Thursday, November 19, 2015

DX-ing as a Magical Adventure

             Someone on one of the SWL Facebook groups  of which I am a member said something in a post about one of his "adventures " being magical.  It seems he had heard a station on his main rig, then listened to the same station on a portable while he worked doing something else.  It seemed like magic to him.  There followed several posts echoing that idea.
       That struck a strong chord with me because I have felt the same thing many times over the past fifty plus years of spinning the dials.  Even before I began listening to weak signals through my own first crystal set going back to the times I, as a child, listened to kid's stories broadcast by one of our local stations back in the early fifties, adventure seemed to pour out of that small wood box with lights inside.
       There were radio dramas that let the story play out on the stage inside the mind.  It was limitless. Whether it be The Lone Ranger, Rocky Jones, Space Cadet or even Little Orphan Annie.  I still remember the children's stories broadcast by long defunct KMLW and the wonderful performance of Peter and the Wolf that first introduced me to classical music as a child. ( I still laugh when I see a bassoon!)
       The adventure changed somewhat when my dad was taking a radio-tv repair correspondence course.  He built radios that brought in stations from all over. These were only AM broadcast stations at the time, but the idea of listening to The Grand Ol' Oprey via WSM in Nashville or The Louisiana Hayride from ( I believe) KWKH in Shreveport in our living room just outside Waco, Texas was amazing to the then seven year old.
       As I learned ( and was allowed) to turn the dials of our old standup Silvertone radio I was able to find music and programs that kept me busy on hot afternoons on our small farm.  The radio transported me beyond the confines of that room.  And I must admit, the sounds of that radio along with the drone of the big evaporative cooler that fought the Texas heat long before we could even dream of air conditioning often lulled me into sleep and real dreams,  sometimes guided by what was on the radio.
       But most of all it was the sound of the distant stations brought in at night that really fired my imagination. Maybe it was the exotic sound of the selective fading.  Sometimes there was a bit of angst as the station would fade and my dad would say,
       " Don't worry,  it will fade back up. It will be back in a minute."
       A little later as I sat with my Bell headphones clamped tightly over my ears listening to the faint sounds coming from the Remco crystal set kit the hook was really and truly set. Those faint signals, particularly those I strained to hear after our local stations signed off at midnight, fired the imagination. Somehow, some way what was going on in that distant studio was leaping into the air, traveling miles and miles through the air and being snagged by the wire strung between the peak of the roof of our house to the tall water pipe mast my dad had erected at the back of our garden.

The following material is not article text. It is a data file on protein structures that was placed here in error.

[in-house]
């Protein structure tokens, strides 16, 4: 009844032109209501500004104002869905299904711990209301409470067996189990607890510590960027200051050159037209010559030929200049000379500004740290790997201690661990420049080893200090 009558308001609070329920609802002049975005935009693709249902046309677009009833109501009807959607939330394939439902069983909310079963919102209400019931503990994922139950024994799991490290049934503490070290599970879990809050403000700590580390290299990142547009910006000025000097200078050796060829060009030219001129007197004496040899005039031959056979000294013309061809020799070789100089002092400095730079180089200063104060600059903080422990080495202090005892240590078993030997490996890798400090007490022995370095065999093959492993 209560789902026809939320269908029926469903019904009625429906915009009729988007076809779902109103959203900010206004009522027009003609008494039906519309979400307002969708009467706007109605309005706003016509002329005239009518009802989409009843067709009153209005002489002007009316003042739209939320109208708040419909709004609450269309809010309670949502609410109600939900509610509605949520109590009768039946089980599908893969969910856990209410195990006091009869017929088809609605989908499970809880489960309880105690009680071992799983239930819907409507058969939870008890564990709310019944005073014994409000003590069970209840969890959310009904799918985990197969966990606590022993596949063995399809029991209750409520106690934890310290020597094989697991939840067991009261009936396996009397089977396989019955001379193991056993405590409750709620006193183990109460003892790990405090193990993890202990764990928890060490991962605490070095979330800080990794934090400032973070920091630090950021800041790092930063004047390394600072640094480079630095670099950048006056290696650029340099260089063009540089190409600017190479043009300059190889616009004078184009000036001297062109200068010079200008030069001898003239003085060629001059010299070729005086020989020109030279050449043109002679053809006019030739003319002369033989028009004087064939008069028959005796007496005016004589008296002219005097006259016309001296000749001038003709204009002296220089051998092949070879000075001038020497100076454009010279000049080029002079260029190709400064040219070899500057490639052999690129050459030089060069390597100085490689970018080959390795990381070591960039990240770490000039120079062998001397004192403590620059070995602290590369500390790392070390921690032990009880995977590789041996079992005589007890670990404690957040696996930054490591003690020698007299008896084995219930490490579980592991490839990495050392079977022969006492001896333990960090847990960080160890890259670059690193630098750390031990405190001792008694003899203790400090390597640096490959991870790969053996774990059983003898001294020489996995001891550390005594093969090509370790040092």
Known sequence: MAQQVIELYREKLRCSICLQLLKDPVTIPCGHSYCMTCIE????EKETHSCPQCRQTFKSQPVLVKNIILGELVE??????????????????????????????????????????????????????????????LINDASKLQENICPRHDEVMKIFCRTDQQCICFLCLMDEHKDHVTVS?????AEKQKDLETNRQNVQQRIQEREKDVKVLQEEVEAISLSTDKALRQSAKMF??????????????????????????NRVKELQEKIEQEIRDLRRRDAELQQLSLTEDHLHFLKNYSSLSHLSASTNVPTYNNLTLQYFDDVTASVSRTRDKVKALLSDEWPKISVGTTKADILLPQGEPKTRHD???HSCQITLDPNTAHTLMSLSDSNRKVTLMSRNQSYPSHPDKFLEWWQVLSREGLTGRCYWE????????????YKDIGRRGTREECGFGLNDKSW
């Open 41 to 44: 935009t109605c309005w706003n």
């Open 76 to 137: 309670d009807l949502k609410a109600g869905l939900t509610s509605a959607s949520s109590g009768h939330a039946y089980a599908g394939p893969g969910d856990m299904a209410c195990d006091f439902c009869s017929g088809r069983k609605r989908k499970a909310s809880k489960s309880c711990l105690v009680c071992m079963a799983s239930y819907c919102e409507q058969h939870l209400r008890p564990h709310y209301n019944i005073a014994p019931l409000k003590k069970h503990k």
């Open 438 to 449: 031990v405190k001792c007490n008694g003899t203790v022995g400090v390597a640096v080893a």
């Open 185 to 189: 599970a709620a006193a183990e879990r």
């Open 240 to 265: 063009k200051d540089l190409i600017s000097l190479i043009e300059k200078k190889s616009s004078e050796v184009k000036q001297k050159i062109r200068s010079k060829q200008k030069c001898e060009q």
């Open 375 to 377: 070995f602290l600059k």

When I would ask if we could get stronger signals or more distant stations, he would say we might if we added more wire.  So we added more wire along the side of the house and further out beyond the garden to the chicken houses.   We must have had over 250 feet of wire ranging from about 20 feet to maybe 35 feet high.
       While adding the wire seemed to aggravate the situation of making the local stations spread out on the dial of the crystal set,  it did help the signals coming into the six tube radio he had built as a kit that came with his training course.  And after the local stations signed off,  when I would sneak the headphones onto my head in the midst of the night,  there were more stations to be heard on my little Remco.  The ones I remember were WOAI from San Antonio, KRLD and WFAA from Dallas and WBAP from Fort Worth.  There were others I just don't remember and at seven or eight years old I had no concept of logging.
       Every time I would put on those headphones,  the idea that sound was coming from them that was sent from some distant place was being transmitted to my ears was truly magic. Even if the stations were the same as the ones heard before,  it was still the same.
       The level of magic increased over the years. First it was listening to my Watterson table radio that had belonged to my grandfather,  hearing stations from Dallas, Houston or San Antonio.  Then listening at night to signals from Chicago, St Louis, Cincinnati and various points in Mexico.  Then came the shortwave days with the sounds of England, Spain, Switzerland, Ecuador, Australia.
       On a Facebook post in one of the groups made up of short wave listeners I have recently joined, someone noted that same thing.  A distant station was heard on a receiver that was on an outdoor antenna that was later heard on a small portable while he was doing something around the house.  He noted that it seemed magical that he could be hearing something from a distant land with no intervening wires.  Others soon posted on the same entry of their similar feelings.